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Spring 2012

Urban Jungle

The changing natural world at our doorsteps | Illustration and text by Patterson Clark      

March 20, 2012

Callery pear

Pretty tree going rogue

At the margins of the city, commuters can't help but notice tight groves of white-blooming trees in sunny waste areas, old fields and roadsides.

A first glance, the trees might appear to be cherries, which bloom at about the same time and have similar five-petaled flowers. However, these are more likely to be thorny and aggressive escapees of Callery pear, the seeds of which were probably flown in by starlings engorged with the tree's pea-sized fruits.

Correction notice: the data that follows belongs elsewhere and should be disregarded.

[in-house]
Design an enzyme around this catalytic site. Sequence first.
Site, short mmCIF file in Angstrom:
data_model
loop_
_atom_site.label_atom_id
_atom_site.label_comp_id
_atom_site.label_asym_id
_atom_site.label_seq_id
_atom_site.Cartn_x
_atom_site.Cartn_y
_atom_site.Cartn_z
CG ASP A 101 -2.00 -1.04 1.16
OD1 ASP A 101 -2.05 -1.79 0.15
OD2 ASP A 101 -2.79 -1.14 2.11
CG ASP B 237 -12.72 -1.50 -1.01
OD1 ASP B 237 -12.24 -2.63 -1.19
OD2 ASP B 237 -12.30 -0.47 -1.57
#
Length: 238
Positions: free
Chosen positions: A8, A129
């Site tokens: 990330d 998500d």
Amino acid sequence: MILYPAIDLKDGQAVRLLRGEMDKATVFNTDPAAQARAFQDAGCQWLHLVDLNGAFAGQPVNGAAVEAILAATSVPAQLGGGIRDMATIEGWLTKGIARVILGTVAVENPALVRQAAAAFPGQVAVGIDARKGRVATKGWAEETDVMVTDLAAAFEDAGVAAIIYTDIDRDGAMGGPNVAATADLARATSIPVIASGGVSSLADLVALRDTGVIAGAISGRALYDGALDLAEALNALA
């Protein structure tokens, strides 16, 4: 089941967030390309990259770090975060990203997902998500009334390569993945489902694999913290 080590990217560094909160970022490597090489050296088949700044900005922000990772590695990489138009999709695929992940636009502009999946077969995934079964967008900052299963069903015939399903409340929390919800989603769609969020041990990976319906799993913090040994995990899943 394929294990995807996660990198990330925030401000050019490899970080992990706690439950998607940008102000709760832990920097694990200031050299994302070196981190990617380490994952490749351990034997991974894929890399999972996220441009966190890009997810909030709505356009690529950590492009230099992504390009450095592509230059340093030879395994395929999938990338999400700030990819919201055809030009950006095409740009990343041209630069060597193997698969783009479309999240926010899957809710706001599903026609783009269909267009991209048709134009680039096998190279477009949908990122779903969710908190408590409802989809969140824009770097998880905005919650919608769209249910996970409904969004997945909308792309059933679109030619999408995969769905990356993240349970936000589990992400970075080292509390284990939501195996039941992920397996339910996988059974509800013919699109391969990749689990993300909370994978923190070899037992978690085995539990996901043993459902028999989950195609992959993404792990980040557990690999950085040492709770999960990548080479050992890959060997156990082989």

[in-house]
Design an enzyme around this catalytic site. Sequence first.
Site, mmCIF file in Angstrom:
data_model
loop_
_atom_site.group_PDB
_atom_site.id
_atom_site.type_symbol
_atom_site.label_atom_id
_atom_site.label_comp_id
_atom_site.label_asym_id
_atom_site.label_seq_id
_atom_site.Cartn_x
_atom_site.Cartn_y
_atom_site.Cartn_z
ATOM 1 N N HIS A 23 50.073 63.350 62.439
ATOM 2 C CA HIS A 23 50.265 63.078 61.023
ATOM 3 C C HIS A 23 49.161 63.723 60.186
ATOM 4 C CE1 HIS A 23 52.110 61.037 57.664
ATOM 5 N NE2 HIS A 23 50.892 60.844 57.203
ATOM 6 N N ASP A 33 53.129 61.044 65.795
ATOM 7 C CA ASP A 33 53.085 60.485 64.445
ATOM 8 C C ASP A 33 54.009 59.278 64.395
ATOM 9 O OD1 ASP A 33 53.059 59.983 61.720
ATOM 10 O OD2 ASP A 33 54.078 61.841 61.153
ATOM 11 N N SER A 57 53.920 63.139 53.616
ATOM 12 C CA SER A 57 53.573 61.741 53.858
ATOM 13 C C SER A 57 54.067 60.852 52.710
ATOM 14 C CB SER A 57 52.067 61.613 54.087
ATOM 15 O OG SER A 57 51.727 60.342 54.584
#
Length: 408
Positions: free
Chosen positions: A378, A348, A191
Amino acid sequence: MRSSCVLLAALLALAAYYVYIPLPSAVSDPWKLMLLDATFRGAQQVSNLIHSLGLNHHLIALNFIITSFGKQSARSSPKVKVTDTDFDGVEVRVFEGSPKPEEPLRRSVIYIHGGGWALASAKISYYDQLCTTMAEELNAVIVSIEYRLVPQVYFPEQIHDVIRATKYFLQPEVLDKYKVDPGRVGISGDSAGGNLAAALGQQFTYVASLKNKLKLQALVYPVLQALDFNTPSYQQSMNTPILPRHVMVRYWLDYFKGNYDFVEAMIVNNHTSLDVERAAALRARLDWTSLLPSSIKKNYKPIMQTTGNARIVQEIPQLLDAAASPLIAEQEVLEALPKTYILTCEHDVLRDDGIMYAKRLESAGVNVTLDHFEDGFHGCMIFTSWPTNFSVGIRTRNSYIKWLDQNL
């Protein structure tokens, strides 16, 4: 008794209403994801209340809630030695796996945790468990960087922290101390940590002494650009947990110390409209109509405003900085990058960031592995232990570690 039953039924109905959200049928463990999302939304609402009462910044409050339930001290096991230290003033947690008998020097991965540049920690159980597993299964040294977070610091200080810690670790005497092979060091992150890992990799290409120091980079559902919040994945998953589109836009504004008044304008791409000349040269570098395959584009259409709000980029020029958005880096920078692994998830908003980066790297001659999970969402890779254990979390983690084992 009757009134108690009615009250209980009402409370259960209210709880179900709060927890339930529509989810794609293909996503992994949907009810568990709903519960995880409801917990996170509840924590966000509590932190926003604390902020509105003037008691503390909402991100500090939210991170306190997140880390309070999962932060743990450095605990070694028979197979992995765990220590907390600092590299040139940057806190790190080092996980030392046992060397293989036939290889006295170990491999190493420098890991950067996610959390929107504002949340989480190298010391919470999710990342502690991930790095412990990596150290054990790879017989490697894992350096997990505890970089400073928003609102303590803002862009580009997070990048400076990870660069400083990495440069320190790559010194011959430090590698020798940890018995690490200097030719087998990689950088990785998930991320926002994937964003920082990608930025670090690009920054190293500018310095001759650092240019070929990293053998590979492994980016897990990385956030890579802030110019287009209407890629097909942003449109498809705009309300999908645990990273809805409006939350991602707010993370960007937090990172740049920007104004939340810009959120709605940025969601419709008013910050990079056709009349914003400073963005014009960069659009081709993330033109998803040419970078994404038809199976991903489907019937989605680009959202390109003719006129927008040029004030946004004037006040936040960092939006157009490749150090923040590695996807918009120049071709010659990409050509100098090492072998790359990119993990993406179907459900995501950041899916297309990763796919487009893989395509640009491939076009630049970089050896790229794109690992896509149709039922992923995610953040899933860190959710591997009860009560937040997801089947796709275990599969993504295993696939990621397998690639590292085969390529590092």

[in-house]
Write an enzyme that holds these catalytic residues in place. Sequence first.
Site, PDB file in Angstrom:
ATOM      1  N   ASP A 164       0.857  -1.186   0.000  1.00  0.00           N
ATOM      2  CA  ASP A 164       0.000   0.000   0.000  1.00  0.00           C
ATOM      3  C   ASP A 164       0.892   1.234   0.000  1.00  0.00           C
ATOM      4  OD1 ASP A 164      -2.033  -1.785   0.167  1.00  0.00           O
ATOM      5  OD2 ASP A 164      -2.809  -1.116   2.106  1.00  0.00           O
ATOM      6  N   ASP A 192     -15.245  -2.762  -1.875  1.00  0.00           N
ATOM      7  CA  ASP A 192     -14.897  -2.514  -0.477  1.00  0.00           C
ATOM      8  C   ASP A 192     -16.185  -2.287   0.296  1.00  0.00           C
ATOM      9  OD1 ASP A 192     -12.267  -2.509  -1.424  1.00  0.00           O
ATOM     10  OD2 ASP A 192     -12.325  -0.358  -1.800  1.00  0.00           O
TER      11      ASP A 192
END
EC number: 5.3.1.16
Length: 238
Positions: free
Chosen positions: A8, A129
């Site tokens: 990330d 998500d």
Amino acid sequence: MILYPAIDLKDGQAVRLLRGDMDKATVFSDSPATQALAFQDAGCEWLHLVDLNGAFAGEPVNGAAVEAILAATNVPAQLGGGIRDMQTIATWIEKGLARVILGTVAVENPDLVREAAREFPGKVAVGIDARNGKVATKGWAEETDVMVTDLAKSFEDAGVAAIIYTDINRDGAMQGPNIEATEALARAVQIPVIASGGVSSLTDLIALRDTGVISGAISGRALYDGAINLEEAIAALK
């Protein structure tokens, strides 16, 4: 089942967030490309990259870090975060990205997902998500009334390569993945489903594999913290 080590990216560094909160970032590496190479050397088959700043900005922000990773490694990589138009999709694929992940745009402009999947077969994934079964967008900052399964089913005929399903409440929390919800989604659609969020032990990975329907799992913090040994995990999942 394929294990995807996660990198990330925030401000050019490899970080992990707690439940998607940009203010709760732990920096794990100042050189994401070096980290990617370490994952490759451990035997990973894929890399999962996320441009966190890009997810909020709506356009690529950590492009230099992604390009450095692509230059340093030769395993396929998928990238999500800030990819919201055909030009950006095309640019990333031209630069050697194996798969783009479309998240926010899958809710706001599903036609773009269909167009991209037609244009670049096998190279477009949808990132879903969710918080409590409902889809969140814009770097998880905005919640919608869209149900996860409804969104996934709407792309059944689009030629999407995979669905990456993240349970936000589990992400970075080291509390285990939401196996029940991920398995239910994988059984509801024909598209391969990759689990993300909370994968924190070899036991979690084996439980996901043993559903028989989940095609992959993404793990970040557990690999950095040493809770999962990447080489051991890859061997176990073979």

The Chinese native hasn't always been so invasive. In 1962, the USDA made commercially available a thornless variety of Callery pear, naming it Bradford pear. The tree, hailed for its bright-red autumn foliage and profuse spring blossoms, was widely planted as an ornamental in the United States. It was unable to fertilize itself and therefore couldn't yield fruit. But as the trees matured, they began splitting apart in windy weather and heavy snowfall.

That disappointment inspired horticulturists to develop new varieties of Callery pear that were able to grow up and weather storms. However, this injection of genetic diversity allowed cultivars of Callery pear to cross-breed and fertilize one another, yielding fruits that would transform a once tame and thornless tree into a problem weed that stabs anyone who gets too close.

SOURCES: USDA, Biological Invasions, BioScience, Virginia Tech

Callery Pear, Pyrus calleryana